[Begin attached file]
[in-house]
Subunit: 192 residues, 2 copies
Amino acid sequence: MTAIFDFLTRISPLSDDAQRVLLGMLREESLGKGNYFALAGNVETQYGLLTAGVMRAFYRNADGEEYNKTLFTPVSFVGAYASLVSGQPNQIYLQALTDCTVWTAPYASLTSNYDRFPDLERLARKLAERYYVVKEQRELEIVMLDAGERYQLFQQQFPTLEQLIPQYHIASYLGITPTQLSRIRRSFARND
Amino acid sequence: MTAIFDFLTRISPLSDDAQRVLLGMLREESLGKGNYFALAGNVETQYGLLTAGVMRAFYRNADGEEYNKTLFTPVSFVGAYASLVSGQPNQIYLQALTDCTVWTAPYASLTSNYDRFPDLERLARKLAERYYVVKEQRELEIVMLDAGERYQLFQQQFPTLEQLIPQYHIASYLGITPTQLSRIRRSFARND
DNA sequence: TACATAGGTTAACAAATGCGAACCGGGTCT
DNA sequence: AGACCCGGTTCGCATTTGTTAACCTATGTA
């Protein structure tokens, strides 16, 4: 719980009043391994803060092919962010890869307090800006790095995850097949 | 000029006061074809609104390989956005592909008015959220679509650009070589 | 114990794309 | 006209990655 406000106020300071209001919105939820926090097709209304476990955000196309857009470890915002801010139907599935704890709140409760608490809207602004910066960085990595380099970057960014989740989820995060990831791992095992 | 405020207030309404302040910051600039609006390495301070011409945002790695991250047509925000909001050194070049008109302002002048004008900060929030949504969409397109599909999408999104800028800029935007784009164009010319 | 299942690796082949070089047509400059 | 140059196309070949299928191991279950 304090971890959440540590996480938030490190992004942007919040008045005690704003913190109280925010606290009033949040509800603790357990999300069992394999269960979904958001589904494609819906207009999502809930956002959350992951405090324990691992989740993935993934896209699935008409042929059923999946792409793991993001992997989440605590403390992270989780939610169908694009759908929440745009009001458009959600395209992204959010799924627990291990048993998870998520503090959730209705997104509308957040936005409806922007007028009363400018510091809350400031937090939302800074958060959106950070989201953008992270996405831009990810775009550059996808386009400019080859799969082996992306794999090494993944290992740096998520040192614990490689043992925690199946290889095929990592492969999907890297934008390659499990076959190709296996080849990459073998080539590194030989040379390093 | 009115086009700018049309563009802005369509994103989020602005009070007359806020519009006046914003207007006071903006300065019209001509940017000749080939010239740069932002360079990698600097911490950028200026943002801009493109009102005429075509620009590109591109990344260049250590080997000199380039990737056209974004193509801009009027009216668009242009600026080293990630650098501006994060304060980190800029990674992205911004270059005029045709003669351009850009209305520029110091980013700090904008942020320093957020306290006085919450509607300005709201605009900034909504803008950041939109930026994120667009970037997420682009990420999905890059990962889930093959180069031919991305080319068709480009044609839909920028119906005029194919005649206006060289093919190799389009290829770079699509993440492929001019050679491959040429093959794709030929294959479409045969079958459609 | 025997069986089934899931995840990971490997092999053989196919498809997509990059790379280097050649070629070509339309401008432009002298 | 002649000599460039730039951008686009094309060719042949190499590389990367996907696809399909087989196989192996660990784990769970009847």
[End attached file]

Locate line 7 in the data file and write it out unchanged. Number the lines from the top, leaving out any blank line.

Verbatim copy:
């Protein structure tokens, strides 16, 4: 719980009043391994803060092919962010890869307090800006790095995850097949 | 000029006061074809609104390989956005592909008015959220679509650009070589 | 114990794309 | 006209990655 406000106020300071209001919105939820926090097709209304476990955000196309857009470890915002801010139907599935704890709140409760608490809207602004910066960085990595380099970057960014989740989820995060990831791992095992 | 405020207030309404302040910051600039609006390495301070011409945002790695991250047509925000909001050194070049008109302002002048004008900060929030949504969409397109599909999408999104800028800029935007784009164009010319 | 299942690796082949070089047509400059 | 140059196309070949299928191991279950 304090971890959440540590996480938030490190992004942007919040008045005690704003913190109280925010606290009033949040509800603790357990999300069992394999269960979904958001589904494609819906207009999502809930956002959350992951405090324990691992989740993935993934896209699935008409042929059923999946792409793991993001992997989440605590403390992270989780939610169908694009759908929440745009009001458009959600395209992204959010799924627990291990048993998870998520503090959730209705997104509308957040936005409806922007007028009363400018510091809350400031937090939302800074958060959106950070989201953008992270996405831009990810775009550059996808386009400019080859799969082996992306794999090494993944290992740096998520040192614990490689043992925690199946290889095929990592492969999907890297934008390659499990076959190709296996080849990459073998080539590194030989040379390093 | 009115086009700018049309563009802005369509994103989020602005009070007359806020519009006046914003207007006071903006300065019209001509940017000749080939010239740069932002360079990698600097911490950028200026943002801009493109009102005429075509620009590109591109990344260049250590080997000199380039990737056209974004193509801009009027009216668009242009600026080293990630650098501006994060304060980190800029990674992205911004270059005029045709003669351009850009209305520029110091980013700090904008942020320093957020306290006085919450509607300005709201605009900034909504803008950041939109930026994120667009970037997420682009990420999905890059990962889930093959180069031919991305080319068709480009044609839909920028119906005029194919005649206006060289093919190799389009290829770079699509993440492929001019050679491959040429093959794709030929294959479409045969079958459609 | 025997069986089934899931995840990971490997092999053989196919498809997509990059790379280097050649070629070509339309401008432009002298 | 002649000599460039730039951008686009094309060719042949190499590389990367996907696809399909087989196989192996660990784990769970009847």